[image ALT: zzz.]

Group on the porch of "Old Bedlam" in 1864. Courtesy Newberry Library.

Continuing efforts to seek peace with the Indians were made unsuccessful by the Sand Creek Massacre in November 1864, which united the southern bands of Sioux, Cheyenne, and Arapahoe on the warpath. Early in January 1865, they raided Julesburg, sacking the station, carrying off great quantities of foodstuffs, and almost succeeding in destroying the garrison of Fort Sedgwick. Efforts to burn out the Indians by setting a 300‑mile-wide prairie fire brought them swarming back to the attack, destroying the South Platte road stations and miles of telegraph line, sacking and burning Julesburg a second time, and driving off great herds of livestock. While troops from Fort Laramie arrived at Mud Springs Station in time to fight off the Indians there, all efforts by troops from Fort Laramie and the east failed to prevent the Indians from escaping with their booty across the North Platte, near Ash Hollow.

Termination of the Civil War in April 1865 released many troops for service against the Indians, and plans were laid for extensive punitive expeditions, especially in the country to the north of the North Platte River.

p16 In May, the fort's commander, Col. Thomas Moonlight, led 500 cavalrymen on a 450‑mile foray into the Wind River Valley, but failed to find the Indians. Meanwhile, there were several raids on stations westward to South Pass. An effort to remove a village of friendly Brules from Fort Laramie to Fort Kearny resulted in a fight at Horse Creek where Captain Fouts and four soldiers were killed as these Indians escaped to join the hostiles. In pursuing them, all of Colonel Moonlight's horses were stolen, and he returned to Fort Laramie in disgrace.

The major Indian raids of the summer centered on Platte Bridge Station, 130 miles above Fort Laramie, where late in July a large force of Indians wiped out a wagon train and killed 26 white men, including Lt. Caspar Collins who led a small party from the station in a valiant rescue effort.

In the meantime, a great campaign against the Indians, known as the Powder River Expedition, got under way with 2,500 men, directed by Gen. P. E. Connor. Of three columns planned to converge on the Indians in the Powder River country, the first, under Colonel Cole, started from Omaha, marched up the Loup River Valley, thence east of the Black Hills and on to the Powder River in Montana. The second, under Lieutenant Colonel Walker, left Fort Laramie, marched north along the west side of the Black Hills, and joined Colonel Cole's column as planned. The third, under General Connor, marched about 100 miles up the Platte from Fort Laramie, then north to the headwaters p17of Powder River where a small fort, Camp Connor, was established; thence, down the Powder River, where he destroyed the village and supplies of a large band of Arapahoes, but failed to meet the other two columns. The other commanders, lacking adequate supplies and proper knowledge of the country, lost most of their horses and mules in a September storm and, beset by fast-riding Indians, were forced to destroy the bulk of their heavy equipment. They were finally found and led to Camp Connor just in time to prevent heavy losses by starvation and possible destruction by Indians. The expedition straggled back to Fort Laramie, a failure.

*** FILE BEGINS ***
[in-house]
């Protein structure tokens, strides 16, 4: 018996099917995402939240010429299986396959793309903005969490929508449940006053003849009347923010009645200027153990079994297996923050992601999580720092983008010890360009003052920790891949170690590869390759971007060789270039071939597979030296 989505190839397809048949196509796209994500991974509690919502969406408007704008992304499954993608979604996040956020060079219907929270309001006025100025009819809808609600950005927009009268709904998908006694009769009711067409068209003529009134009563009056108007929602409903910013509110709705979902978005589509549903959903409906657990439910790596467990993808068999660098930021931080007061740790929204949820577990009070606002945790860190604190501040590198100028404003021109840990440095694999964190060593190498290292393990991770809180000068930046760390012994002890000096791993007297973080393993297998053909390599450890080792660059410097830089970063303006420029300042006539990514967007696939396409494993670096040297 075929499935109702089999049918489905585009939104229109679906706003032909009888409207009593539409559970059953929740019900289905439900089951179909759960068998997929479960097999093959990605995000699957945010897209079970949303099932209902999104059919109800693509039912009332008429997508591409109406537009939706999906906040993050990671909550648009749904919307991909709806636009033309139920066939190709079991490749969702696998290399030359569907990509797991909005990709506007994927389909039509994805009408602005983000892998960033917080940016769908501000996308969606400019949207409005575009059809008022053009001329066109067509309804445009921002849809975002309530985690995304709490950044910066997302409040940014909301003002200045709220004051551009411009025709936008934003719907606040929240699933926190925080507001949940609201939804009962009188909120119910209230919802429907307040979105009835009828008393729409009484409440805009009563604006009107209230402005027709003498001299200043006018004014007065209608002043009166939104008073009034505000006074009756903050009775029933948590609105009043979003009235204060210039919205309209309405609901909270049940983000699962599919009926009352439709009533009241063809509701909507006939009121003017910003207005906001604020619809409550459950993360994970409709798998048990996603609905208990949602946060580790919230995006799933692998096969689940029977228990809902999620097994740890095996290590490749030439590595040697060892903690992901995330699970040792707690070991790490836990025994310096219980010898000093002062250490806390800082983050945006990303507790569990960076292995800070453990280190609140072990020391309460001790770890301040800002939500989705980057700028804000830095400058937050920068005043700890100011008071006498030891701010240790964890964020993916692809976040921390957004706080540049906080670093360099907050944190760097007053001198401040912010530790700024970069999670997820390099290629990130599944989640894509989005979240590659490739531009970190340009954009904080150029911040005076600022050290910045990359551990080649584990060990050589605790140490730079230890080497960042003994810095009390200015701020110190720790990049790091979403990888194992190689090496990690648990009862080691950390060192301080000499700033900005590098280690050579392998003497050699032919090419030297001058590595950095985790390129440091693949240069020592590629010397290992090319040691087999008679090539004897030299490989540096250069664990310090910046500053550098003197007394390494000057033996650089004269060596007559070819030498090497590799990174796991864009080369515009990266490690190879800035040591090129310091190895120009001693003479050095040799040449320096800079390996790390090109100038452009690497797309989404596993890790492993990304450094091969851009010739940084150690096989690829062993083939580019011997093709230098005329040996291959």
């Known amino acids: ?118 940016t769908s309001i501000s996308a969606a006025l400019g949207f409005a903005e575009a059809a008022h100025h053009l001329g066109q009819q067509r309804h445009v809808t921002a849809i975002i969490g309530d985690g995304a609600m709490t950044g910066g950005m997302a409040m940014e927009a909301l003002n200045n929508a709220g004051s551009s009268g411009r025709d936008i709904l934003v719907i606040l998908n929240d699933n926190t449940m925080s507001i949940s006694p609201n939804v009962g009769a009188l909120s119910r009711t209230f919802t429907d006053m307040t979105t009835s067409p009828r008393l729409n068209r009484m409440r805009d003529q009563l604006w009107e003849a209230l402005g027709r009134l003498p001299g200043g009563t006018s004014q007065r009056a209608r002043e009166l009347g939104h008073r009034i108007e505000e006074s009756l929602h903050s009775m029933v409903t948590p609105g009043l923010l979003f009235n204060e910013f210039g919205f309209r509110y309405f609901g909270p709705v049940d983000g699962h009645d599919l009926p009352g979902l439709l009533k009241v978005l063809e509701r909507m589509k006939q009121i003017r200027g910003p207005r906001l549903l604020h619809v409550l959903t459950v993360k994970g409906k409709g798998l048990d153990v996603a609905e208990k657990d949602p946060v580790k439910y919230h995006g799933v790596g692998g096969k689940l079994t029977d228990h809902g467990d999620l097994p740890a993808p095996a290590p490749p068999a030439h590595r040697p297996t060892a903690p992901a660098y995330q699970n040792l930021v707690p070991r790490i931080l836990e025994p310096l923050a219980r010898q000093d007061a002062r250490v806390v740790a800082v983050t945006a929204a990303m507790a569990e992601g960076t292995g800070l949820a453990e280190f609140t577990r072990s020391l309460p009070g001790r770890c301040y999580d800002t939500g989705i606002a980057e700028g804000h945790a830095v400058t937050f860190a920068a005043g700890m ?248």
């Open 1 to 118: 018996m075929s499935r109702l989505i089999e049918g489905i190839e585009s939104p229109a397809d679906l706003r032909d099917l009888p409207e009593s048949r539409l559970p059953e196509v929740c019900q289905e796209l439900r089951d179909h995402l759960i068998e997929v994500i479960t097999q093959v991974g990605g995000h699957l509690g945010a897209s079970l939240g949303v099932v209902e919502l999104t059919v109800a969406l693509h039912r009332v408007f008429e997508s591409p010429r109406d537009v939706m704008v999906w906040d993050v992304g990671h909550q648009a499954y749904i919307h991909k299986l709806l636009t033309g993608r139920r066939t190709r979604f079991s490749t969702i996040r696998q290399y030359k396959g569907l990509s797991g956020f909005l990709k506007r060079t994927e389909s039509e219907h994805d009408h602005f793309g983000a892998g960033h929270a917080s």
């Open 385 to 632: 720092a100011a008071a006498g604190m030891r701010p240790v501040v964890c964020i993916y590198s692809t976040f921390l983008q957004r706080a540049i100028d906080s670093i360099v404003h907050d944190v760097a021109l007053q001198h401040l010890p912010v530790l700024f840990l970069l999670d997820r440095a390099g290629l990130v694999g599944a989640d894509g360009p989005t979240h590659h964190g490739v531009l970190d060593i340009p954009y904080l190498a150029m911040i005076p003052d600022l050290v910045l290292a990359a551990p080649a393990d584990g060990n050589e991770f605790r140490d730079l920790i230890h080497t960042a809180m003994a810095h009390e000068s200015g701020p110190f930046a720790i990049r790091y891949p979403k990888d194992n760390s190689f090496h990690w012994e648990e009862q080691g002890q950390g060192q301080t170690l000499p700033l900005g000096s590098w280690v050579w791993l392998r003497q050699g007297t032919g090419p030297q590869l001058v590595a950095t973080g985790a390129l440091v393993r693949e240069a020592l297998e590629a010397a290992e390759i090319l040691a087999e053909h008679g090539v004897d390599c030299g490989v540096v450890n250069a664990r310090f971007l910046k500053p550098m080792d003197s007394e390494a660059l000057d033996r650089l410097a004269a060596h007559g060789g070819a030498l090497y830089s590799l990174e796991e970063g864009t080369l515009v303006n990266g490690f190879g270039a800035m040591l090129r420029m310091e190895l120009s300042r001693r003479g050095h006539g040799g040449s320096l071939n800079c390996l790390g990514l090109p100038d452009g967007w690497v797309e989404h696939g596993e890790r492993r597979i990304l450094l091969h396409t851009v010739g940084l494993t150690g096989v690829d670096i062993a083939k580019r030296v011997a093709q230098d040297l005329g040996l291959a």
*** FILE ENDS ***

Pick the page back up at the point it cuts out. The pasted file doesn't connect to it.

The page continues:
Peace Talk and War on the Bozeman Trail, 1866‑68

Officials at Washington now decided to try peaceful measures with the Indians of the Fort Laramie region, and General Connor was succeeded in command by General Wheaton. Emissaries were sent to the tribes, inviting them to a general peace council at Fort Laramie in June 1866.